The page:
Time-to-Market (T2M) is perhaps the most popular measure companies use to boost product development performance. T2M’s roots are in single-product thinking, where the focus is on developing one product at a time. It doesn’t focus on creating or managing the new offering but only on developing it.
Research showed that T2M correlates with two highly desirable outcomes: stronger cash flow and better market share. This fact has given T2M a boost as the dominant key performance indicator in product development. The beauty is in its simplicity. If you develop products faster, you’ll be more successful.
That research dates back three decades when diffusion of T2M into practice was barely noticeable. The problem today is that everyone is doing product development faster. Every company has improved its practices and methods with an eye on T2M. As a result, the advantage realized from development speed isn’t as straightforward as it once was.
Product Line Outcomes
Product line velocity (PLV) is different. In product line systems thinking, the velocity is the change in a product line’s outcomes toward its objectives. It’s the speed of the product line’s flow relative to objectives. And for product lines, the objectives always reflect a combination of customer satisfaction, cash flow, and competitive positioning.
Notice the big difference.
T2M doesn’t cause managers to concern themselves with anything but doing development work faster, one project at a time. It then leads managers to hope for improvements in customer satisfaction, cash flow, and competitive positioning.
PLV focuses on the entire product line and includes creating and developing potential products and managing them once launched. PLV also accounts for each project’s impact on the others during development and in the market. These impacts include gaining leverage in development and production, plus realizing synergies across products once they’re in the market. The product line focus is bigger and more encompassing than the single product focus.
Teams using PLV don’t hope for outcomes as they do with T2M. Instead, the outcomes are a team’s primary focus.
You’ll see that T2M is project management-oriented. So much so that the focus creates an environment that divides project management from other functions, other roles, and other concerns – particularly those related to strategy and markets. The project team says, “leave us alone and allow us to do our work and make needed judgments so we can finish the project faster. ” In reply, everyone else, including leadership, says, “OK, that’s easier for all of us. Get going and keep your nose to the project grindstone.”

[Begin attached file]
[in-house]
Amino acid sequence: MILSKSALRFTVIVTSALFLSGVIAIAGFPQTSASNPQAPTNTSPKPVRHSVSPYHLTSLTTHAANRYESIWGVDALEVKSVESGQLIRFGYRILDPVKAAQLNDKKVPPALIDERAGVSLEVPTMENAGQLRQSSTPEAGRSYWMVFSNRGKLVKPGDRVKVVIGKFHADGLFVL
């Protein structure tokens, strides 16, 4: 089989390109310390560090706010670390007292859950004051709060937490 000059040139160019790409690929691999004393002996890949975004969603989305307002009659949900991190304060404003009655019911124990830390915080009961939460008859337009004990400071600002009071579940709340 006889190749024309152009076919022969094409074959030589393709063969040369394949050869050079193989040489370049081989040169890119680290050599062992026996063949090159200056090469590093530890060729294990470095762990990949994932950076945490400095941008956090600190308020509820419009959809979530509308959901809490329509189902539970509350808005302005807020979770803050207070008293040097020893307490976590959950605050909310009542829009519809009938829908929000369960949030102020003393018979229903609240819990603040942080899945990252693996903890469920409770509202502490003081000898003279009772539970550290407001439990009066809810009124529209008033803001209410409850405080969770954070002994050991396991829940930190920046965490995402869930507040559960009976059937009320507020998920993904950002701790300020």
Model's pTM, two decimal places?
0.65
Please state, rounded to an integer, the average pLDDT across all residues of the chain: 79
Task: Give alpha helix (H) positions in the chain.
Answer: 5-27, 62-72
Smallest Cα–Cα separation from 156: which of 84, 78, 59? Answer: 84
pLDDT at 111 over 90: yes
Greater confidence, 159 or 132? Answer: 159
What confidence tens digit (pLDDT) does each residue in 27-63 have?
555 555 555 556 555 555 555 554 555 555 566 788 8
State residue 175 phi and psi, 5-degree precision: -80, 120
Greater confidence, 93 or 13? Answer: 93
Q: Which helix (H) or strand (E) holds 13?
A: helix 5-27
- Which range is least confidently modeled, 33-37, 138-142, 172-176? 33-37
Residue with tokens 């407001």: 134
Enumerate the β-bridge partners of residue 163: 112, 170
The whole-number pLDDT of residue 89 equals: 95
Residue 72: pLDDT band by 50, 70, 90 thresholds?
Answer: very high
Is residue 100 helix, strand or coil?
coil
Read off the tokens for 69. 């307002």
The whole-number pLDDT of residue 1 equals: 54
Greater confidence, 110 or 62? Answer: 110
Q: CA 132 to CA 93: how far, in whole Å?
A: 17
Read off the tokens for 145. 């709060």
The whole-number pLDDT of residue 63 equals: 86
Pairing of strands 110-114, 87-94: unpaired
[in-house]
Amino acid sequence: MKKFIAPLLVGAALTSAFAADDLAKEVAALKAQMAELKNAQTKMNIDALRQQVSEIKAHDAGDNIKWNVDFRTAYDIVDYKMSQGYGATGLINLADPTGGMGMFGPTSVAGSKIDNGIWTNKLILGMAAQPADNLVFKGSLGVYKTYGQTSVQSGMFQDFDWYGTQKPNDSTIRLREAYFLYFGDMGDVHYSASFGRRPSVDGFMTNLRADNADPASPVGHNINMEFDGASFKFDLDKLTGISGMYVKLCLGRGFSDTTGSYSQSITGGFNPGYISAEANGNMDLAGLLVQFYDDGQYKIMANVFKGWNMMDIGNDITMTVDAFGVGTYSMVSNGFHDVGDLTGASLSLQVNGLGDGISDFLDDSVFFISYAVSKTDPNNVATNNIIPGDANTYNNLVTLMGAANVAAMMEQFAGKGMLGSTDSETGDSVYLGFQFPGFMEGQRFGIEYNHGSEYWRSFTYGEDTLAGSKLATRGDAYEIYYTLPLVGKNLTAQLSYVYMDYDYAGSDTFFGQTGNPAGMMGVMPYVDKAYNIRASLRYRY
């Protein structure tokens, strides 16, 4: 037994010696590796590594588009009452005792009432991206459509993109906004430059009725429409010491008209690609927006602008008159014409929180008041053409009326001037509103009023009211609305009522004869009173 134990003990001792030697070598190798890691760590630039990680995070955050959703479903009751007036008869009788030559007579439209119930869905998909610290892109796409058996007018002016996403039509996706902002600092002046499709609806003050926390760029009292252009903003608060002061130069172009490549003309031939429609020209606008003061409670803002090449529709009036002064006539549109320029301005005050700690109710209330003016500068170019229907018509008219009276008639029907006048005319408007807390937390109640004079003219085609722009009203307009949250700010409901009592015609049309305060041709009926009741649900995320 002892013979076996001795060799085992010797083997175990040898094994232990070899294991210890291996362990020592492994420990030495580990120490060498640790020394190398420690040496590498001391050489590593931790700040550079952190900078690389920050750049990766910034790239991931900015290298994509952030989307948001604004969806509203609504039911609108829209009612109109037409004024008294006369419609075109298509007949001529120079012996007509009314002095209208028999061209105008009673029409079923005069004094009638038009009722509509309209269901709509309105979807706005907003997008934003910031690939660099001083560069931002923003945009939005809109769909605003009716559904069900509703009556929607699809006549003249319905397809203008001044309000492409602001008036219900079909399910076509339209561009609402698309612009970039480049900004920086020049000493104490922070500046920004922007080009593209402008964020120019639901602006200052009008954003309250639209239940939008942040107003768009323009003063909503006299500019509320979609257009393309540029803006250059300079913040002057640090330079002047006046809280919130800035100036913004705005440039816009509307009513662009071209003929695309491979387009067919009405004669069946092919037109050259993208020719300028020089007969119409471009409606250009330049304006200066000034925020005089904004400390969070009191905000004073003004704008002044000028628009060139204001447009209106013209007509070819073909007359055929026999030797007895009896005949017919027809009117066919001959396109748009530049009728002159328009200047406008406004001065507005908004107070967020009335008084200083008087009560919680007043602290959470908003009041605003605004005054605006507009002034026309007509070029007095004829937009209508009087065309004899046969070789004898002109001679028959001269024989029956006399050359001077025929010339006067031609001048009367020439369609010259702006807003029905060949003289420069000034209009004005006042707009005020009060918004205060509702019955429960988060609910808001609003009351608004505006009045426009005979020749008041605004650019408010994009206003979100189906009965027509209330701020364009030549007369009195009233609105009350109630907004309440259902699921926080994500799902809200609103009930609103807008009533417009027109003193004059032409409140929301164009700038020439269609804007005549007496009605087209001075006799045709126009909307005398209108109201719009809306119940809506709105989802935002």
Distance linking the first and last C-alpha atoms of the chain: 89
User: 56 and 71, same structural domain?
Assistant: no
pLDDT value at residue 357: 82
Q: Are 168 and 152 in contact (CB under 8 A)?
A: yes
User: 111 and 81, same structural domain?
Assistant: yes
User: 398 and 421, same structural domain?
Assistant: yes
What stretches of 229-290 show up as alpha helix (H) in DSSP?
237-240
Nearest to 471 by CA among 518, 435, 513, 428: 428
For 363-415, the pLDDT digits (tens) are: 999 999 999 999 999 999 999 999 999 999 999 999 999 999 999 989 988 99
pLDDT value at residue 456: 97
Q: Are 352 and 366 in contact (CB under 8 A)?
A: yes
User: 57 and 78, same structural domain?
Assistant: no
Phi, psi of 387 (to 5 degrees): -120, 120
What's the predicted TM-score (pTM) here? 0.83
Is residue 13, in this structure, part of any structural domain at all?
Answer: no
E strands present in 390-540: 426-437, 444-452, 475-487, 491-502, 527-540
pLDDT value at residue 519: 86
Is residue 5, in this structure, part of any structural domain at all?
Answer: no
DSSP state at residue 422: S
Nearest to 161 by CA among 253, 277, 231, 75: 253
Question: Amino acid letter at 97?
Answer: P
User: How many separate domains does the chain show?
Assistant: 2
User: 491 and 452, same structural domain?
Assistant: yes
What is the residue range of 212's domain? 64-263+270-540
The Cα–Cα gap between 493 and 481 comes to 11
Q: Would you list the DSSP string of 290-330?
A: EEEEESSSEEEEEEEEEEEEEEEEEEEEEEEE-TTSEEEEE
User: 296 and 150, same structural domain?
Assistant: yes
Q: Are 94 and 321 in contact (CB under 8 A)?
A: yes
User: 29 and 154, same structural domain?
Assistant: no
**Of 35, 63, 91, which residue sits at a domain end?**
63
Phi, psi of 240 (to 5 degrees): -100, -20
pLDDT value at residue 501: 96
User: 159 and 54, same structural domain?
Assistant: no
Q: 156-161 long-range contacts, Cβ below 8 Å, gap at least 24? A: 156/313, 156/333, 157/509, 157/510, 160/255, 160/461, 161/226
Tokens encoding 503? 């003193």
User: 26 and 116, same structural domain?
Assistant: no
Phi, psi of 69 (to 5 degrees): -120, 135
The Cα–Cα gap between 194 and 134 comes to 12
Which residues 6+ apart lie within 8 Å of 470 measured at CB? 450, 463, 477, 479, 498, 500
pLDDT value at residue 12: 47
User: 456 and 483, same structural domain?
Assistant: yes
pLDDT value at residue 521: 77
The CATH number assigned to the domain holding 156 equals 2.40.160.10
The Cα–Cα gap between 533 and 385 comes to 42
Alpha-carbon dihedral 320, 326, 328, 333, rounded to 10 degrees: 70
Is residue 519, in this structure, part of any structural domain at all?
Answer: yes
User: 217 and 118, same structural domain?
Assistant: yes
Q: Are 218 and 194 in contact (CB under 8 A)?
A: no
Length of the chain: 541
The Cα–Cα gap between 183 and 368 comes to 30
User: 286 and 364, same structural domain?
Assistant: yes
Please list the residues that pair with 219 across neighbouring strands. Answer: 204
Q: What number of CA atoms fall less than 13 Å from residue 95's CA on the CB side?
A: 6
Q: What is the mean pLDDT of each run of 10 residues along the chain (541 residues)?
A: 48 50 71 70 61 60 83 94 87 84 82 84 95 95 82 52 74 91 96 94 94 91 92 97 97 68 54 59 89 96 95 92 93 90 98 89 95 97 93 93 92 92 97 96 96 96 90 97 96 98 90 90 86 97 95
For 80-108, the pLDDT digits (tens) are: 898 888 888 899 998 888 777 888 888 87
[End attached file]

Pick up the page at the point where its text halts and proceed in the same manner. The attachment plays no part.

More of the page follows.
Things differ for P-L-V. It’s not just project management-oriented; it also drives product management and strategy execution. Improving a product line velocity demands figuring out the best product set to create, develop, and manage. It’s multi-product, not single product oriented.
Improving the P-L-V causes managers to orchestrate all projects and products from before development and through in-market management. It’s the impact of the whole set that matters.
Figure 1: A T2M focus that drives faster one-off product development is great until the accumulated actions and decisions push the product line in a poor direction. Today, companies are finding themselves at or beyond the divergence of T2M and PLV making a continued push on project speed counterproductive.
The relation between T2M and PLV is interesting. For many years the simple message to go faster enabled notable advancements in project and portfolio management. And those speed advancements contributed notably to market share and profitability, a reflection of PLV. See Figure 1.
But the problem is that going faster and faster eventually yields diminishing returns. And going too fast can become an opposing force. That’s because organizations and markets can only absorb so much, especially when competitors are also pushing on T2M.
A major T2M shortcoming is that it doesn’t help drive smart strategy moves or pivots. Focusing only on T2M can be counterproductive. Most important when carrying out strategy moves and pivots is whether the entire line is moving in the best direction with the best timing. If the direction is wrong, the strategic move will be slow or late.
Unfortunately, the rush to speed up a project’s delivery can create momentum away from desired outcomes.
Managers should be aware of two important characteristics of a product line velocity. The first is that PLV is not just a measurement of time as it is with T2M. It’s also about the magnitude and direction of the flow. And the second characteristic is that all measures related to PLV must reflect the entire product line, not just one product or project like it is for T2M.